Simulating astrophysical magnetic fields with smoothed particle magnetohydrodynamics

Institution: | Monash University |
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Department: | School of Mathematical Sciences |

Year: | 2015 |

Keywords: | Astronomy; Astrophysics; Smoothed particle magnetohydrodynamics; Smoothed particle hydrodynamics; Magnetohydrodynamics; Magnetic fields; Star formation; Numerical methods |

Record ID: | 1061665 |

Full text PDF: | http://arrow.monash.edu.au/hdl/1959.1/1170407 |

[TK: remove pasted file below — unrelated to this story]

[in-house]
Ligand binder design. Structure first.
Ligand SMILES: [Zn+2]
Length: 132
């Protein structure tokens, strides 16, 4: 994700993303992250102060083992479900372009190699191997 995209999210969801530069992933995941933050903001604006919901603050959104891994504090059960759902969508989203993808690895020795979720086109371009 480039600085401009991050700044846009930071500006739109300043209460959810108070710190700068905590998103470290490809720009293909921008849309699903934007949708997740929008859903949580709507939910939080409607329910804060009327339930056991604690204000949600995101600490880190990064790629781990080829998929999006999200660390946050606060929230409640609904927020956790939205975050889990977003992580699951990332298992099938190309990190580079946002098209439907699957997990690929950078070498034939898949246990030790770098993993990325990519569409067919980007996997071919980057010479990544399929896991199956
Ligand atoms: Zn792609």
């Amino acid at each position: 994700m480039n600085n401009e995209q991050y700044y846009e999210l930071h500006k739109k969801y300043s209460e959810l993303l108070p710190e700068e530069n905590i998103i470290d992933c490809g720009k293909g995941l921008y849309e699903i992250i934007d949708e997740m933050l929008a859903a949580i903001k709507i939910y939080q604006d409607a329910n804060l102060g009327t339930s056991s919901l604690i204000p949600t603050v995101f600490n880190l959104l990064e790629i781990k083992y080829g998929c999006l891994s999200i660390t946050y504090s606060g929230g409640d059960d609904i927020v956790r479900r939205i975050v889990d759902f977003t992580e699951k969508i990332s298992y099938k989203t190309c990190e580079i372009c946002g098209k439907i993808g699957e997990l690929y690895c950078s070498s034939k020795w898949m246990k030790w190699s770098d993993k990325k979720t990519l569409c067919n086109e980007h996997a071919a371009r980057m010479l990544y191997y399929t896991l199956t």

Numerical methods to improve the treatment of magnetic fields in smoothed field magnetohydrodynamics (SPMHD) are developed and tested. A mixed hyperbolic/parabolic scheme is developed which "cleans" divergence error from the magnetic field. The method introduces a scalar field which is coupled to the magnetic field. A conservative form for the hyperbolic equations is obtained by first defining the energy content of the new field, then using it in the discretised Lagrangian to obtain equations which manifestly conserve energy. This is shown to require conjugate first derivative operators in the SPMHD cleaning equations. Average divergence error is shown to be an order of magnitude lower for all test cases considered, and allows for the stable simulation of the gravitational collapse of magnetised molecular cloud cores. The effectiveness of the cleaning may be improved by explicitly increasing the hyperbolic wave speed or by cycling the cleaning equations between timesteps. In the latter, it is possible to achieve DivB=0 in SPMHD. The method is adapted to work with a velocity field, demonstrating that it can reduce density variations in weakly compressible SPH simulations by a factor of 2. A switch to reduce dissipation of the magnetic field from artificial resistivity is developed. Discontinuities in the magnetic field are located by monitoring jumps in the gradient of the magnetic field at the resolution scale relative to the magnitude of the magnetic field. This yields a simple yet robust method to reduce dissipation away from shocked regions. Compared to the existing switch in the literature, this leads to sharper shock profiles in shocktube tests, lower overall dissipation of magnetic energy, and importantly, is able to capture magnetic shocks in the highly super-Alfvenic regime. These numerical methods are compared against grid-based MHD methods by comparison of the small-scale dynamo amplification of a magnetic field in driven, isothermal, supersonic turbulence. We use the SPMHD code, Phantom, and the grid-based code, Flash. We find that the growth rate of Flash is largely insensitive to the numerical resolution, whereas Phantom shows a resolution dependence that arises from the scaling of the numerical dissipation terms. The saturation level of the magnetic energy in both codes is about 2-4% of the mean kinetic energy, increasing with higher magnetic Reynolds numbers. Phantom requires lower resolution to saturate at the same energy level as Flash. The time-averaged saturated magnetic spectra have a similar shape between the two methods, though Phantom contains twice as much energy on large scales. Both codes have PDFs of magnetic field strength that are log-normal, which become lopsided as the magnetic field saturates. We find encouraging agreement between grid- and particle methods for ideal MHD, concluding that SPMHD is able to reliably simulate the small-scale dynamo amplification of magnetic fields. We note that quantitative agreement on growth rates can only be achieved by including explicit, physical…